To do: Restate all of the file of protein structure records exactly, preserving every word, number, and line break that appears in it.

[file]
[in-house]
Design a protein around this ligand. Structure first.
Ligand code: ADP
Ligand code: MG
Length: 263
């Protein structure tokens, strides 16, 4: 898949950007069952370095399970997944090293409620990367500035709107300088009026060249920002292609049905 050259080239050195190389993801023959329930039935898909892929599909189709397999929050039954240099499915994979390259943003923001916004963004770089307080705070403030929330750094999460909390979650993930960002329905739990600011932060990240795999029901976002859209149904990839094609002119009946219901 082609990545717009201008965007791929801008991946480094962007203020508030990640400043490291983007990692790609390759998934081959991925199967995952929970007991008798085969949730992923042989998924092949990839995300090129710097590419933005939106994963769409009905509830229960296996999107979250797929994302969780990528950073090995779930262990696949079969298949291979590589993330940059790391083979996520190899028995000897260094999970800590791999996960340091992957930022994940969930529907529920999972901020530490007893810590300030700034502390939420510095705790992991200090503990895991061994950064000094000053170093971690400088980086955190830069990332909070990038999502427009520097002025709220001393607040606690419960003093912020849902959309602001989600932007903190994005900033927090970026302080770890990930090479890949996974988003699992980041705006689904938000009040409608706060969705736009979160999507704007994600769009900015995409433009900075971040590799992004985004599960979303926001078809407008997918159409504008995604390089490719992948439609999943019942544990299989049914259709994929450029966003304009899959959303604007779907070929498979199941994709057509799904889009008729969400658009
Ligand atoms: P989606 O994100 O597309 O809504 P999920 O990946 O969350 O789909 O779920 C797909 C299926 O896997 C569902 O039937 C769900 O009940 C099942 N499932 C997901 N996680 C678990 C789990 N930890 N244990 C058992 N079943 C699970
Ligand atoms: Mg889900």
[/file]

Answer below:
[in-house]
Design a protein around this ligand. Structure first.
Ligand code: ADP
Ligand code: MG
Length: 263
């Protein structure tokens, strides 16, 4: 898949950007069952370095399970997944090293409620990367500035709107300088009026060249920002292609049905 050259080239050195190389993801023959329930039935898909892929599909189709397999929050039954240099499915994979390259943003923001916004963004770089307080705070403030929330750094999460909390979650993930960002329905739990600011932060990240795999029901976002859209149904990839094609002119009946219901 082609990545717009201008965007791929801008991946480094962007203020508030990640400043490291983007990692790609390759998934081959991925199967995952929970007991008798085969949730992923042989998924092949990839995300090129710097590419933005939106994963769409009905509830229960296996999107979250797929994302969780990528950073090995779930262990696949079969298949291979590589993330940059790391083979996520190899028995000897260094999970800590791999996960340091992957930022994940969930529907529920999972901020530490007893810590300030700034502390939420510095705790992991200090503990895991061994950064000094000053170093971690400088980086955190830069990332909070990038999502427009520097002025709220001393607040606690419960003093912020849902959309602001989600932007903190994005900033927090970026302080770890990930090479890949996974988003699992980041705006689904938000009040409608706060969705736009979160999507704007994600769009900015995409433009900075971040590799992004985004599960979303926001078809407008997918159409504008995604390089490719992948439609999943019942544990299989049914259709994929450029966003304009899959959303604007779907070929498979199941994709057509799904889009008729969400658009
Ligand atoms: P989606 O994100 O597309 O809504 P999920 O990946 O969350 O789909 O779920 C797909 C299926 O896997 C569902 O039937 C769900 O009940 C099942 N499932 C997901 N996680 C678990 C789990 N930890 N244990 C058992 N079943 C699970
Ligand atoms: Mg889900």